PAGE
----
To bolster a just transition to cleaner, more resilient energy systems, the University of Michigan’s Energy Equity Project has released the first standardized national framework for comprehensively measuring and advancing energy equity.
Energy equity recognizes the historical and cumulative burdens of the energy system borne by frontline and low-income communities. To eliminate these disparities, energy equity centers the voices of frontline communities in energy planning and decision making and ensures the fair distribution of clean energy benefits and ownership.
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“For decades, Black, Indigenous and people of color, frontline and low-income communities have borne the brunt of the negative impacts of the energy system while receiving a negligible slice of benefits from the clean-energy transition,” said EEP project manager Justin Schott.
“With the EEP Framework, we are both illuminating these inequities and establishing a process for reversing them. We can hope for the day when energy equity is the norm, but until then, the framework is a powerful tool for accountability and ensuring measurable progress.”
The Energy Equity Project is housed at the School for Environment and Sustainability and is funded by the Energy Foundation, the Joyce Foundation and Crown Family Philanthropies.
Schott noted that EEP builds on the longtime contributions of energy justice leaders and frontline environmental justice communities by synthesizing existing resources and compiling dozens of data sets and best practices.
“The framework is effectively an atlas of energy equity, and we hope users of all types, from a public utilities commissioner to a community activist will find valuable insights and guidance,” Schott said. “We can’t wait to partner with organizations that are ready to apply this inaugural framework in their own communities.”
The EEP Framework was launched by Tony Reames, associate professor of environment and sustainability, who is now serving as deputy director for energy justice at the U.S. Department of Energy while on leave from U-M.
The Energy Equity Project’s development is the result of 15 months of collaboration including 10 listening sessions with more than 400 participants representing utilities, regulators, nonprofit and academic practitioners, grassroots community organizations and philanthropists.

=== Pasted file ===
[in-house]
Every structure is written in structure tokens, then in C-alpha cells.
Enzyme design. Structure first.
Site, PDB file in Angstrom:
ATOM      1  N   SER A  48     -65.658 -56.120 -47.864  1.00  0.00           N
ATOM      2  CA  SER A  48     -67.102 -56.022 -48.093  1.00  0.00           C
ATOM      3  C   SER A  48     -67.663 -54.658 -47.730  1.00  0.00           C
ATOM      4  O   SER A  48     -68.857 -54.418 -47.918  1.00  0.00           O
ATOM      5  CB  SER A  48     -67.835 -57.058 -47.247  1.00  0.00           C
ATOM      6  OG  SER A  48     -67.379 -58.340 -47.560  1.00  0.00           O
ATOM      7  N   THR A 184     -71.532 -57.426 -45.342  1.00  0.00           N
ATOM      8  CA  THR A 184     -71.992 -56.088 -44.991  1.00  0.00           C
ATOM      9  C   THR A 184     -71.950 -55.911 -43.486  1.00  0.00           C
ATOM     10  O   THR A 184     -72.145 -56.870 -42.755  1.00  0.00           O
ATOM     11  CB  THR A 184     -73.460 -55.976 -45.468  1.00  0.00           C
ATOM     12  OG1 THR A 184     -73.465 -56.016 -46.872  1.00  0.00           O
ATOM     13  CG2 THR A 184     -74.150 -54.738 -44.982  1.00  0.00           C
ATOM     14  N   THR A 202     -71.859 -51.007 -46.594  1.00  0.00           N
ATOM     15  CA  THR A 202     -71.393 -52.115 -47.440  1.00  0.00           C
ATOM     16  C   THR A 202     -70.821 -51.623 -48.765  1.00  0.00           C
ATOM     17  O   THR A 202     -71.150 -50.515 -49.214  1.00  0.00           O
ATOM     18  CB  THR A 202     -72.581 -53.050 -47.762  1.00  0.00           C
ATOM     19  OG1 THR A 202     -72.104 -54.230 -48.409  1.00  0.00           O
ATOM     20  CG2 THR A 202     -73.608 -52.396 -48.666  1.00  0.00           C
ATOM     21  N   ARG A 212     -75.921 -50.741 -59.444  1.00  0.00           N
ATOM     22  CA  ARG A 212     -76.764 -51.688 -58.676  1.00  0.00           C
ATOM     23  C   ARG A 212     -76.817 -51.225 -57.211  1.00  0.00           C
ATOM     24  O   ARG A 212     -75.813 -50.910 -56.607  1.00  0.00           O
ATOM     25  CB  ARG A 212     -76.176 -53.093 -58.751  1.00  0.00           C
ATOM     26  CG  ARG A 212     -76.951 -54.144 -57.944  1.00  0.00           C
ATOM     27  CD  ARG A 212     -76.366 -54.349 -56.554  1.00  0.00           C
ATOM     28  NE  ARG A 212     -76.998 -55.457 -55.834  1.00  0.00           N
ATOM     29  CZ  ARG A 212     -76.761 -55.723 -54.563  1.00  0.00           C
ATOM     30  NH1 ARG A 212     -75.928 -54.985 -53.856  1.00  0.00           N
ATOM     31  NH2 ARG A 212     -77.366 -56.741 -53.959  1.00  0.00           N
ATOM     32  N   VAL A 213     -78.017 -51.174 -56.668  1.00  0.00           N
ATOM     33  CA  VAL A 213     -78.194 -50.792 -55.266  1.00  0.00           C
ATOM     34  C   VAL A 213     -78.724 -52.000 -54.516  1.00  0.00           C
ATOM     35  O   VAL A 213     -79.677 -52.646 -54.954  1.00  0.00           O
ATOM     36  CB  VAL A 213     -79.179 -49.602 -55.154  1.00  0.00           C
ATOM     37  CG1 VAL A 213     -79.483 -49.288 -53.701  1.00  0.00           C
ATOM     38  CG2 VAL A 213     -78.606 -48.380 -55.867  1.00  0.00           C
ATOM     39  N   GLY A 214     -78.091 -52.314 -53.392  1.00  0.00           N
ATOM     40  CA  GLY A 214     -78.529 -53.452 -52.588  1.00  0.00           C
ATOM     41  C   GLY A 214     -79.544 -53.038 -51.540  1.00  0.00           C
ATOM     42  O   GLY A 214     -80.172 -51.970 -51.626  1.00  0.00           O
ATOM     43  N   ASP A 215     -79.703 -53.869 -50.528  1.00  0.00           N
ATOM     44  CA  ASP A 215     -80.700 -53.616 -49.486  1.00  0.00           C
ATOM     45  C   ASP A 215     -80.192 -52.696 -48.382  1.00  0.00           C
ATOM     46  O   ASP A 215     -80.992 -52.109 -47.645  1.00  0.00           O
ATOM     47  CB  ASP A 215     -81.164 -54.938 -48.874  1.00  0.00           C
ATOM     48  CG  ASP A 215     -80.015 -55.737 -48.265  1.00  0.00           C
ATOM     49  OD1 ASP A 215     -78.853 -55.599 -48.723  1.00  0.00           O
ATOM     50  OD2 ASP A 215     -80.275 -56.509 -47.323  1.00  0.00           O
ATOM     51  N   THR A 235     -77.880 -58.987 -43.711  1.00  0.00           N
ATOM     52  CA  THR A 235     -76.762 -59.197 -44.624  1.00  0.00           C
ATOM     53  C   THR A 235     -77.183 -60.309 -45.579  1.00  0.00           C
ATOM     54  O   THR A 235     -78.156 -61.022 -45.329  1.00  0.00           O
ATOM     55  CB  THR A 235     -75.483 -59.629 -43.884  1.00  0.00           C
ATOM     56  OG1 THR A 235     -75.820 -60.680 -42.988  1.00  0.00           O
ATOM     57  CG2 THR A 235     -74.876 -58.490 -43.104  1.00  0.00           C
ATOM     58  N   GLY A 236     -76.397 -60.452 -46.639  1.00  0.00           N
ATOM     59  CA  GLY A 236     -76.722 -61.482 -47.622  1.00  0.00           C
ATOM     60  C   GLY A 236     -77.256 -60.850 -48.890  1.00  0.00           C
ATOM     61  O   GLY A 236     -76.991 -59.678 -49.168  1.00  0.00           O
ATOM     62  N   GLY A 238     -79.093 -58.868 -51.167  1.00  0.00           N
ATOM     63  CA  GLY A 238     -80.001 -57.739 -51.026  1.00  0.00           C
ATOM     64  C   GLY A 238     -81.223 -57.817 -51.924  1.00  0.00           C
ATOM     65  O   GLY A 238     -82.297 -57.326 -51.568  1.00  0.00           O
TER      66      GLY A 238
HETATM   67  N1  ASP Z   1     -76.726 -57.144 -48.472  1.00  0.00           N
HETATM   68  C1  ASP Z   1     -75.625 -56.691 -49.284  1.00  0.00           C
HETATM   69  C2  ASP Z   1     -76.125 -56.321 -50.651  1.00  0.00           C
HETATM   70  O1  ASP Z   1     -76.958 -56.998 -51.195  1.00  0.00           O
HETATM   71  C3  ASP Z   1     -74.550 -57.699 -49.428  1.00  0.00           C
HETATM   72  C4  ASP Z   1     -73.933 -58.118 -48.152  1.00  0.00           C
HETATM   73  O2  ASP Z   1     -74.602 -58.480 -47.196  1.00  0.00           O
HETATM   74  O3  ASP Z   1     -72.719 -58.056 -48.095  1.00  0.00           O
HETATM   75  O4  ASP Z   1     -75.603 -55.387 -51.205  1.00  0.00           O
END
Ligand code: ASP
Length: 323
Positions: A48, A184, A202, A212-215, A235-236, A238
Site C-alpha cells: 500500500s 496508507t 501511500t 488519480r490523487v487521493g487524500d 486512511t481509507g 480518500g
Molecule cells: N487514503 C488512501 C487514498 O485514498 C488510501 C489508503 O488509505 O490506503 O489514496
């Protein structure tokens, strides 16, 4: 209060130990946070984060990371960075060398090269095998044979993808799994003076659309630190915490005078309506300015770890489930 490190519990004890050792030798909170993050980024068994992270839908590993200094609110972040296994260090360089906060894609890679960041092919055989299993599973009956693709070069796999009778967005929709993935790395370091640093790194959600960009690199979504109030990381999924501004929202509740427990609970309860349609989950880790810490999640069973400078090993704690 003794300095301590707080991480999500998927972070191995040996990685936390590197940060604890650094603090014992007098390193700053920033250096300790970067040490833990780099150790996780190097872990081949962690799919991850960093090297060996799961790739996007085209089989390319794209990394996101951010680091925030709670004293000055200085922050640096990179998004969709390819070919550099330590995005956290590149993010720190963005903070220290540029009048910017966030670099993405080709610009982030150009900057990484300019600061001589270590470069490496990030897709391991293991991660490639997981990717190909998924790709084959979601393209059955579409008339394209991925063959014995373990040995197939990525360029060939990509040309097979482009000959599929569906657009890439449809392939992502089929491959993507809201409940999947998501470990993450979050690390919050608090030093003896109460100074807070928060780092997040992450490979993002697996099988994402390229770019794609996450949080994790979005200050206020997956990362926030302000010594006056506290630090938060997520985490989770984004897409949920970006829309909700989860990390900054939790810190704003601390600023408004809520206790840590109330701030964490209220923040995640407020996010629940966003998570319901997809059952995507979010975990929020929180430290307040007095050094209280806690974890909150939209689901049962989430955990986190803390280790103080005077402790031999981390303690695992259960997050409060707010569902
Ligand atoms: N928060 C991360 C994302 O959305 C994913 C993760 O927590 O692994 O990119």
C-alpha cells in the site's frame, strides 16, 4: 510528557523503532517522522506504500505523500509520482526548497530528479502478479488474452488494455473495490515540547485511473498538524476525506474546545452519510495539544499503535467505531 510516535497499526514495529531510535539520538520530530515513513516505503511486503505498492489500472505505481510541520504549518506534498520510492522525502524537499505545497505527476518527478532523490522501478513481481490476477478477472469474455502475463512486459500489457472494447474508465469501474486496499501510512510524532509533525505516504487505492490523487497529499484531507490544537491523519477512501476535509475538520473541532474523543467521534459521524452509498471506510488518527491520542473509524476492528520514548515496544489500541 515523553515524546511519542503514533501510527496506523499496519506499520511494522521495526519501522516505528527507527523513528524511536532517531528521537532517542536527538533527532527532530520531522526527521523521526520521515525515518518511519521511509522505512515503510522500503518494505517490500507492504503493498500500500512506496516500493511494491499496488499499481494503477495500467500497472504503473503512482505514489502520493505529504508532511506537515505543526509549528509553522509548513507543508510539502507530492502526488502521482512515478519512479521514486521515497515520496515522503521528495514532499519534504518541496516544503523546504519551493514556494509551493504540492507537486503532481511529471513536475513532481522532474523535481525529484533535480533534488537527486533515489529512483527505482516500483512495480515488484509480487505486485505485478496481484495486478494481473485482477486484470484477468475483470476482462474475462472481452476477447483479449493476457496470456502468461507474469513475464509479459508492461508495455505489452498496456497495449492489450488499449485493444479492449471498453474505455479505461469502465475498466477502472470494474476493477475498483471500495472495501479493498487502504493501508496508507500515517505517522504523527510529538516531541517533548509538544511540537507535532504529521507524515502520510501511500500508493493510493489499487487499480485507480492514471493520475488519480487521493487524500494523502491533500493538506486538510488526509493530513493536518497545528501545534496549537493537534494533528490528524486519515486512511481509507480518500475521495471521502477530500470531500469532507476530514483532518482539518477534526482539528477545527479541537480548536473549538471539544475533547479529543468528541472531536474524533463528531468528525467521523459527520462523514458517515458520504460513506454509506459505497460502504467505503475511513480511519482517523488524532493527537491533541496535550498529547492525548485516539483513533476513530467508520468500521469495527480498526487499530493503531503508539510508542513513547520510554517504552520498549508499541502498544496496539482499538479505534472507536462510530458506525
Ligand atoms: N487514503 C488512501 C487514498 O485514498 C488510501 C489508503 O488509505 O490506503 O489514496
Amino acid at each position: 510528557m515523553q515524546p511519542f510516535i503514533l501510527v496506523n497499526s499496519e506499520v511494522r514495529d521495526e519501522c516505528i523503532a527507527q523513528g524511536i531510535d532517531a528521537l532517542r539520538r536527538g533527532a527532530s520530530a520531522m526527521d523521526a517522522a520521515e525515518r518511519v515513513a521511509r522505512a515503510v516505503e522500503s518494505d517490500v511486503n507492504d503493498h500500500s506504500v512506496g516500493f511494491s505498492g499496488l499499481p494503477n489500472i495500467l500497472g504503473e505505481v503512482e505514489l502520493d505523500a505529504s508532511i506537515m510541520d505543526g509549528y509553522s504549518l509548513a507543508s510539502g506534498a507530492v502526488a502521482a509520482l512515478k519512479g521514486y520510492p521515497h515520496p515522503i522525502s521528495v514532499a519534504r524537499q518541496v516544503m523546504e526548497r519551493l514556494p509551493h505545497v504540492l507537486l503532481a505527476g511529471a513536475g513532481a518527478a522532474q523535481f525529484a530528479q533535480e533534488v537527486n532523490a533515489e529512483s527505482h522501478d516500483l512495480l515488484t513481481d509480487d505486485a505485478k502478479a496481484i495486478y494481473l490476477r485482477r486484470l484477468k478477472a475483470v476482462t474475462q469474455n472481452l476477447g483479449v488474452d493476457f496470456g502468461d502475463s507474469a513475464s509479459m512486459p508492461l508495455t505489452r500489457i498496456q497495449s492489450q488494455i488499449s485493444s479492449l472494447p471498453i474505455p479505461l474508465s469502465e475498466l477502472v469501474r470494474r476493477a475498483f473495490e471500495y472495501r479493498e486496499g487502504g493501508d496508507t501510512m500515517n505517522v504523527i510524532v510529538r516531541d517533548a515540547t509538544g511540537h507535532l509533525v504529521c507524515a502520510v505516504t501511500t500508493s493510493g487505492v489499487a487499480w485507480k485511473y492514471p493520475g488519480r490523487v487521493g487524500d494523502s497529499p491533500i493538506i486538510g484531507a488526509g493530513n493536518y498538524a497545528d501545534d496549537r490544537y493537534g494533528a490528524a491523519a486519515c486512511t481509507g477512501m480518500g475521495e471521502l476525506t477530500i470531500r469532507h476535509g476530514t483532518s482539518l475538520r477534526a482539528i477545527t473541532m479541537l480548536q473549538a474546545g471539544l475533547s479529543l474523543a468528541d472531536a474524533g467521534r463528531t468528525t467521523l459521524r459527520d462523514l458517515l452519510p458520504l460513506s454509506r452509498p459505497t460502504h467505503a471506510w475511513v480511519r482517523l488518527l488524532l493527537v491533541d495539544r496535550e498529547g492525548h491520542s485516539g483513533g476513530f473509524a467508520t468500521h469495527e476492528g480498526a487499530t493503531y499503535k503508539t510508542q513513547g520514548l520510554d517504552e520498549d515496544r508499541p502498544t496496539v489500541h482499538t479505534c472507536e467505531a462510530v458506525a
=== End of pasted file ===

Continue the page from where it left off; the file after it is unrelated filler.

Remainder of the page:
Forty-five work group members — leaders in energy equity from around the country — spent 10 months developing guiding principles, evaluating potential metrics and datasets, and determining how to represent equity through a combination of metrics, data and best practices.
Lamisa Chowdhury, managing director of the national organization Network for Energy, Water, and Health in Affordable Buildings, served as the lead author of the EEP Procedural Equity Workgroup.
“We intentionally took a human-centered approach, acknowledging the inequitable impacts that past and current processes have on communities, and collaboratively imagined pathways toward deep systems change and energy democracy,” Chowdhury said.
“The data, and lack thereof, tells an unsettling story: We simply do not have a history of inclusive, equity-centered processes in the energy space. Communities of color have continued to be harmed by and excluded from energy decision-making processes, and categorically denied the benefits of energy programs and investments.”
The release of the EEP Framework comes at a critical time, as energy justice is now a requirement for acceptance of federal funds, most notably the infrastructure bill.
That mandate is rooted in the Biden administration’s Justice40 Initiative, which pledges to deliver 40% of climate investment benefits including clean energy and energy efficiency, affordable and sustainable housing, remediation of legacy pollution and the development of critical clean water and wastewater infrastructure, to disadvantaged communities.